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Updated in 2019/1/14 下午 04:18:04      Viewed: 167 times      (Journal Article)
Social science & medicine (1982) 205: 48-54 (2018)

"It can be challenging, it can be scary, it can be gratifying": Obstetricians' narratives of negotiating patient choice, clinical experience, and standards of care in decision-making

L Diamond-Brown
ABSTRACT
This paper examines obstetricians' perceptions of standards of care and patient-centered care in clinical decision-making in childbirth. Patient-centered care and standardization of medicine are two social movements that seek to change how physicians make clinical decisions. Sociologists question if these limit physician discretion and weaken their social power; the degree to which this occurs in everyday practice is up for debate. Of additional concern is how physicians deal with observed tensions between these ideals. These questions are answered through in-depth interviews with 50 self-selected obstetricians from Massachusetts, Louisiana, and Vermont collected between 2013 and 2015. Interview data was analyzed using a grounded theory and template approach. The author problematizes obstetricians' attitudes about standards of care and shared decision-making, mechanisms that encourage or discourage these approaches to decision-making, and how obstetricians negotiate tensions between patient choice, clinical experience, and standards. The key findings are that most obstetricians feel they have the authority to interpret the appropriateness of standards and patient choice on a case-by-case basis. They feel empowered and/or constrained by pressures to practice patient-centered care and standards depending upon their style of practice and the organizational context. Following standards of care is encouraged through organizational mechanisms such as pressure from colleagues, malpractice threat, hospital policy, and payer restrictions. Practicing shared decision-making is challenged when the patient wants something that violates the physician's clinical experience and/or standards of care. When obstetricians prioritize patient choice over experience and/or standards this is done for moral reasons, less so because of organizational pressures. These findings have implications for theorizing the social status of medical professionals, understanding how physicians deal with tensions between standardized and individualized ideals in medicine, and illuminating the way obstetricians interpret power in the physician-patient relationship.Copyright © 2018 Elsevier Ltd. All rights reserved.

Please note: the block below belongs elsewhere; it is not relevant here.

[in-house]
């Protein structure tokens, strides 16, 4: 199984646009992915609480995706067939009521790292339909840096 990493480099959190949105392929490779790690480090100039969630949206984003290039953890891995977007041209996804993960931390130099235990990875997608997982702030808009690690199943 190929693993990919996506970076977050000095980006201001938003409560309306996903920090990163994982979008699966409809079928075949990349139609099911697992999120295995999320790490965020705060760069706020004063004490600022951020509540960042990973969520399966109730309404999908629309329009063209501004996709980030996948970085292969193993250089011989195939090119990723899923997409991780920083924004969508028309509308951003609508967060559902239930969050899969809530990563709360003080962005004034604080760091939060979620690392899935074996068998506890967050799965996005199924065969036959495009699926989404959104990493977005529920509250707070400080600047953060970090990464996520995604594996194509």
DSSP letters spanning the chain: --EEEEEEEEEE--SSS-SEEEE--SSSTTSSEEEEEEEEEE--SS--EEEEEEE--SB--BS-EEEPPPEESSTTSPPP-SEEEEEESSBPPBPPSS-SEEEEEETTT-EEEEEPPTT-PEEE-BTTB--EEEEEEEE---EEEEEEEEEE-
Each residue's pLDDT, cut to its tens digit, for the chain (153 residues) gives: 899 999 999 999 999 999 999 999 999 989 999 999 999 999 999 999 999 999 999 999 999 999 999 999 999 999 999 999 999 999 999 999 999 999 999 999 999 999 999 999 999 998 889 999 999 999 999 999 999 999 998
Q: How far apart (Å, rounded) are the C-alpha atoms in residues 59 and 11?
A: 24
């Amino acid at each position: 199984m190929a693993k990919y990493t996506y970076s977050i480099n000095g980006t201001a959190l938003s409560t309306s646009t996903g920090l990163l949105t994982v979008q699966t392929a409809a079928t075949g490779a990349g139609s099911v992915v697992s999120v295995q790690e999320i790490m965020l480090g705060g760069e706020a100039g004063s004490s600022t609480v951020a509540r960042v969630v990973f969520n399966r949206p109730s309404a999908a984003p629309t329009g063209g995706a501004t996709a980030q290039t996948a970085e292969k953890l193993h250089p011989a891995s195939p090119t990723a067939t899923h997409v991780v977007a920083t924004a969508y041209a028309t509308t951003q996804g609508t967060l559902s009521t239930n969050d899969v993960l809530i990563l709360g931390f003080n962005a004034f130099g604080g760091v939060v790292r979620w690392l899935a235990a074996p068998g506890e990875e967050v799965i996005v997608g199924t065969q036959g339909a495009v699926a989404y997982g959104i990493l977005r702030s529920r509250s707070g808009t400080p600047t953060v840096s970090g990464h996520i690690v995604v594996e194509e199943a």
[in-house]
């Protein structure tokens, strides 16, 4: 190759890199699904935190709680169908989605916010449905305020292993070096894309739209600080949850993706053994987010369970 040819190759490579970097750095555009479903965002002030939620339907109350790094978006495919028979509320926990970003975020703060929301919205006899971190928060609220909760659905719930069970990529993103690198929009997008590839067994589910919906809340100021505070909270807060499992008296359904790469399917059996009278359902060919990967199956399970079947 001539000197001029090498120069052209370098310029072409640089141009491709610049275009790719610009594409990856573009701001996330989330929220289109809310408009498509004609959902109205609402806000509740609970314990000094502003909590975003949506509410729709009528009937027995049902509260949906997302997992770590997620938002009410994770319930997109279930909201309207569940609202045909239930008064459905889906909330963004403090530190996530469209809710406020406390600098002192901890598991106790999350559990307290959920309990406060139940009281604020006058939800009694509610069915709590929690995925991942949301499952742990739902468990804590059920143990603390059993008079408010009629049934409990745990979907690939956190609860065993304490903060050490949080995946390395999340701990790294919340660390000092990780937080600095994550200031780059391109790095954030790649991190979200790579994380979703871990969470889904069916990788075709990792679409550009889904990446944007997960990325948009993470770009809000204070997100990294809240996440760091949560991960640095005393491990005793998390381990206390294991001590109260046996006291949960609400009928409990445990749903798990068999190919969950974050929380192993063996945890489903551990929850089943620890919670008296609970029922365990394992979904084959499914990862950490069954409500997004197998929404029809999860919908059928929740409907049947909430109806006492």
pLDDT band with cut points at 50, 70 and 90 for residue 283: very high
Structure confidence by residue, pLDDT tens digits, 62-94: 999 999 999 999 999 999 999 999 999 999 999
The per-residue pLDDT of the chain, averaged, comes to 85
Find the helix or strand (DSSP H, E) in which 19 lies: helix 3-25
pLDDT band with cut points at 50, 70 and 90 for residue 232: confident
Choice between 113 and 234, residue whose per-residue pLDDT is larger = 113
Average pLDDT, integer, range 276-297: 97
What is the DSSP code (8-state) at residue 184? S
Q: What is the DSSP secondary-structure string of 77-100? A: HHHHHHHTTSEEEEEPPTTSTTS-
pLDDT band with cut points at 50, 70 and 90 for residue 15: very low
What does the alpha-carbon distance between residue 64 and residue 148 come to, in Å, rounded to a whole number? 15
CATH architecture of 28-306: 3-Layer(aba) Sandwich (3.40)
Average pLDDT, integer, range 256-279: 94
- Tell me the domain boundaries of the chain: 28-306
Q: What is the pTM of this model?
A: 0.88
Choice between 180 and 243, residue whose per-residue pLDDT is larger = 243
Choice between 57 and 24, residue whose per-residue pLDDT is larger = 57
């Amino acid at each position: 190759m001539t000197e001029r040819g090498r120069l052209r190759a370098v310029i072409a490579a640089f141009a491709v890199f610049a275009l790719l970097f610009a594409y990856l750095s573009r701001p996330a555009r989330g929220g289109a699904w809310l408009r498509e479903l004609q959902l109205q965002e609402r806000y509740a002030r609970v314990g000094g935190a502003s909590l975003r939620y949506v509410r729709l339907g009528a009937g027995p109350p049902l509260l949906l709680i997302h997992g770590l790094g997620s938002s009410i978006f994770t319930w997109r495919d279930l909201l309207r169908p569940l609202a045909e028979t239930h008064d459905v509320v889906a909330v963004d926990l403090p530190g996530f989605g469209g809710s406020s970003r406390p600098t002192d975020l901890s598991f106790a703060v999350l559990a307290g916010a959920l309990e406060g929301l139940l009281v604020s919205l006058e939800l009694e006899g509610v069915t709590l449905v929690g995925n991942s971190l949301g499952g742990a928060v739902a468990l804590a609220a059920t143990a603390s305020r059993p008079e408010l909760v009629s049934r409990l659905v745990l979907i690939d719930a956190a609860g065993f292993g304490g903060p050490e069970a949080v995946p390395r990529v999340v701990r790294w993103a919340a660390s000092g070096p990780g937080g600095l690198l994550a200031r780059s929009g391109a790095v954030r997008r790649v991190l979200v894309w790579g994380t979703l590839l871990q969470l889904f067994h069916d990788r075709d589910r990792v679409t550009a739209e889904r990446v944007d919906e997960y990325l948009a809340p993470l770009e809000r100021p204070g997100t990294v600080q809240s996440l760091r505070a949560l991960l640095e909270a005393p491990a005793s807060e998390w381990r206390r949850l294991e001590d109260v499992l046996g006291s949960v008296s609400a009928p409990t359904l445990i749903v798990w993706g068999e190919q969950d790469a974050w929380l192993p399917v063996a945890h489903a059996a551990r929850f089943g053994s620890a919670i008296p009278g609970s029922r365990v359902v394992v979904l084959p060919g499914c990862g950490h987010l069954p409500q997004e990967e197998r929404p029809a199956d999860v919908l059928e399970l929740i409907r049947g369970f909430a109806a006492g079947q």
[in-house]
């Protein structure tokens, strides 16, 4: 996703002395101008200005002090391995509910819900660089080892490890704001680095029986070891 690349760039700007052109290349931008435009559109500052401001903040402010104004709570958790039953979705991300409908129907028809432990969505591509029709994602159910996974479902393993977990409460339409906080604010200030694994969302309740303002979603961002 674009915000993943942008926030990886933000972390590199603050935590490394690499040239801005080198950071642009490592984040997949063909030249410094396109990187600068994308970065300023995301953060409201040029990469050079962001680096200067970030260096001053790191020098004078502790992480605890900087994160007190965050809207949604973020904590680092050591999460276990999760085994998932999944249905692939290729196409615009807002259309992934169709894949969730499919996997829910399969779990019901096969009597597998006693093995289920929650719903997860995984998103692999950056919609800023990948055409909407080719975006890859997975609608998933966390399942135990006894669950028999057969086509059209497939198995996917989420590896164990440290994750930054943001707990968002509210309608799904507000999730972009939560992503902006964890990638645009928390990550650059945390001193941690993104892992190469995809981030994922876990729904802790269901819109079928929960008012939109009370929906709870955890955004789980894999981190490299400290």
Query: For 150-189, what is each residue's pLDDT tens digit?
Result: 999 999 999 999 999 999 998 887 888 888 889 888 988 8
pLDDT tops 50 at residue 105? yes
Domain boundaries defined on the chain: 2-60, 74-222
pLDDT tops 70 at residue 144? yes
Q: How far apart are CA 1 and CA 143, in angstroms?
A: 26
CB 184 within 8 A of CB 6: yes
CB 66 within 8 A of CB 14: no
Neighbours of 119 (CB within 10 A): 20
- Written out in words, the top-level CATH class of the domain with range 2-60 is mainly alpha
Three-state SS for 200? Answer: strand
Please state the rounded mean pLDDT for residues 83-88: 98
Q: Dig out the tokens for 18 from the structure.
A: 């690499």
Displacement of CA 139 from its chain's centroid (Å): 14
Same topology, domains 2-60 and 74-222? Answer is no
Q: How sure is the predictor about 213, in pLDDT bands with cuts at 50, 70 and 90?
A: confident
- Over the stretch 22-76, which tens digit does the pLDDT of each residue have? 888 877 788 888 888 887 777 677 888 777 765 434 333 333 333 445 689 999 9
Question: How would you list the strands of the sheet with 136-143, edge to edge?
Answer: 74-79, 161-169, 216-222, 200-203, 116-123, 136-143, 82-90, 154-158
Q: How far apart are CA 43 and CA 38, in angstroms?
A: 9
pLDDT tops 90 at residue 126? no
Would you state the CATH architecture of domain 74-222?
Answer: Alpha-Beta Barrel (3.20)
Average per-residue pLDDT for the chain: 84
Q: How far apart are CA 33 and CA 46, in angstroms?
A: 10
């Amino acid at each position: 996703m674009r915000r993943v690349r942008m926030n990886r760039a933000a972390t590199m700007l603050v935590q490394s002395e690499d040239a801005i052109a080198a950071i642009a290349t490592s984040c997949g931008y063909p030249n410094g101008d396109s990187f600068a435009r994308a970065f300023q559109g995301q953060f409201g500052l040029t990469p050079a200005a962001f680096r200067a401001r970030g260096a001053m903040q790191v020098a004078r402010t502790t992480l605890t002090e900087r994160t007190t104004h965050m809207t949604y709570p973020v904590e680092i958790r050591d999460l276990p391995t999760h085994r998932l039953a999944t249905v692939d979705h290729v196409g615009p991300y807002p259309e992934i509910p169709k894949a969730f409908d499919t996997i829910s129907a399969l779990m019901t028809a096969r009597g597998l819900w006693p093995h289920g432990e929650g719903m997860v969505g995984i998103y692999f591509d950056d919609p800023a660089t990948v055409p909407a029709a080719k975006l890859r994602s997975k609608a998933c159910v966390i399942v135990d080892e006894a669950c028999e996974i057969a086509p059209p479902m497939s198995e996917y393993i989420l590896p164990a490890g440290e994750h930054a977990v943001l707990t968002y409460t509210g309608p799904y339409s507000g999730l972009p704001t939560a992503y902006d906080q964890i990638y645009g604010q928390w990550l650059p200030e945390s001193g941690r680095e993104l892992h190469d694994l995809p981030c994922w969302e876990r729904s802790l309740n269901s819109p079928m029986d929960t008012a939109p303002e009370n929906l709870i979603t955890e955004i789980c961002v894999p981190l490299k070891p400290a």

DOI: 10.1016/j.socscimed.2018.04.002      ISSN: 0277-9536